“Have we taken the true and full measure of the quarrel, often of a singular violence, of which the art characterized as “abstract” was made the object throughout the twentieth century, and continues so to be made, at least sporadically within this Janus-faced “present,” which is our lot, looking both forward and back? The slippage, which has just operated from one century (one millennium) to the other, only makes the dissymmetry between the two aspects more apparent: that of a present always already past, irrevocably past, and always yet to come, irremediably to come?”
- Hubert Damisch “The Visible, the Screen, the Crisis” 2006
Room East is delighted to present an exhibition of new work by New York-based artists Ben Schumacher and Dan Shaw-Town at 41 Orchard Street in New York City. The exhibition, installed on two floors of the gallery, is the second in a series of two-person shows that has given full curatorial authority to the exhibiting artists. An opening reception will take place on Sunday 6 May from 6-8pm.
The abstract plaster markings on Ben Schumacher’s screens embody the notion of ‘thrownness’ (‘Geworfenheit’ in German), a term Martin Heidegger used to describe how a given subject is forced or thrown into the world regardless of its connection to its immediate context. Using a screen as a ground also makes the works inherently transparent, rife with moiré patterns, and allows the works to be mounted either directly to or projecting from a wall. Also on view is a small work made from a microfiche of Vogue from 1986 that is blacked out with ink except for where advertisements for various watches are left visible. His ongoing series of sculptures made from pendant durians continues an investigation into natural forms that are designed for concealment. The fruits’ particular scent will fill the gallery until it is deemed impossible to keep them on display. The yellow netting will then be cut open to extract the fruit and all that will remain on view is a string of empty shrouds. Originally trained as an architect, Schumacher’s sculptural instinct is key to his interest in optical and informational interference.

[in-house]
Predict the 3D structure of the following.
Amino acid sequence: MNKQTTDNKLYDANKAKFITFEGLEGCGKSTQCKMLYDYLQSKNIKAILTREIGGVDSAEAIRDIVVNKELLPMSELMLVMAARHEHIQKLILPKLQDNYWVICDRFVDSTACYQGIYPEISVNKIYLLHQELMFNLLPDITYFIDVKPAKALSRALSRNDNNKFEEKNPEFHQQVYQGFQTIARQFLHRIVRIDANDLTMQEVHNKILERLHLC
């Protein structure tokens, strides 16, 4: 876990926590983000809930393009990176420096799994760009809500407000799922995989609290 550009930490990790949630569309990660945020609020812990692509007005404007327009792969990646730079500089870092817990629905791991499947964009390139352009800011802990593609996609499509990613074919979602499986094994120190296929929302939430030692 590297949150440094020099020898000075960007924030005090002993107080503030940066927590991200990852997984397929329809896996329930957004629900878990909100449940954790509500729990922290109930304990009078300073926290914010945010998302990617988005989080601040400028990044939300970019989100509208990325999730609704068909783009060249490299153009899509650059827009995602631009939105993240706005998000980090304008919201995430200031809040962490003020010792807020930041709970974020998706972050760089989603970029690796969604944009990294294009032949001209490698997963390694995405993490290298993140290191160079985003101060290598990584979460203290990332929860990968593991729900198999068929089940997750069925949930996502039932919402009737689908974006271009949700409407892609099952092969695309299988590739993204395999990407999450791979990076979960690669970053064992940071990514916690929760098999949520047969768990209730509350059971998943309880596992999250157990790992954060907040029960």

Dan Shaw-Town presents a new body of wall-based works made from materials used in commercial sign making. Two different substrates are employed: a plywood composite with a 250 gsm white paper finish, and Econolite (a corrugated plastic sandwiched between aluminum sheets). The surfaces of these panels are host to various materials, from screen printing ink and enamel to contact paper and clear vinyl sheeting. Their bold lines and patterns recall minimalist abstraction in the vein of Ellsworth Kelly, Richard Serra, Franz Kline, and Herman Glöckner among others. With the exception of an adhesive-backed work that is mounted directly to a panel door that conceals the gallery’s electrical fuse box, Shaw-Town’s new large-scale works are all presented in custom hot-rolled steel frames. Among the large works is a unique frame that is sprayed with a color known as Code Red, a specific reference to Herbert Bayer’s iconic imagery for the Bauhaus. Reflecting on this new body of work Shaw-Town notes that, “this familiar aesthetic that has repeatedly been adopted and stylized in contemporary painting as well as commercial branding is here used as an analog for the ready-made. What these works propose with their flattened ‘wipe clean’ surfaces, is a series of objects that confront the nostalgia of this aesthetic, abandoning poetry in favor of a rehearsed and worked out version of spontaneity.”
BEN SCHUMACHER (Canada, b.1985) / DAN SHAW-TOWN (Britain, b.1983)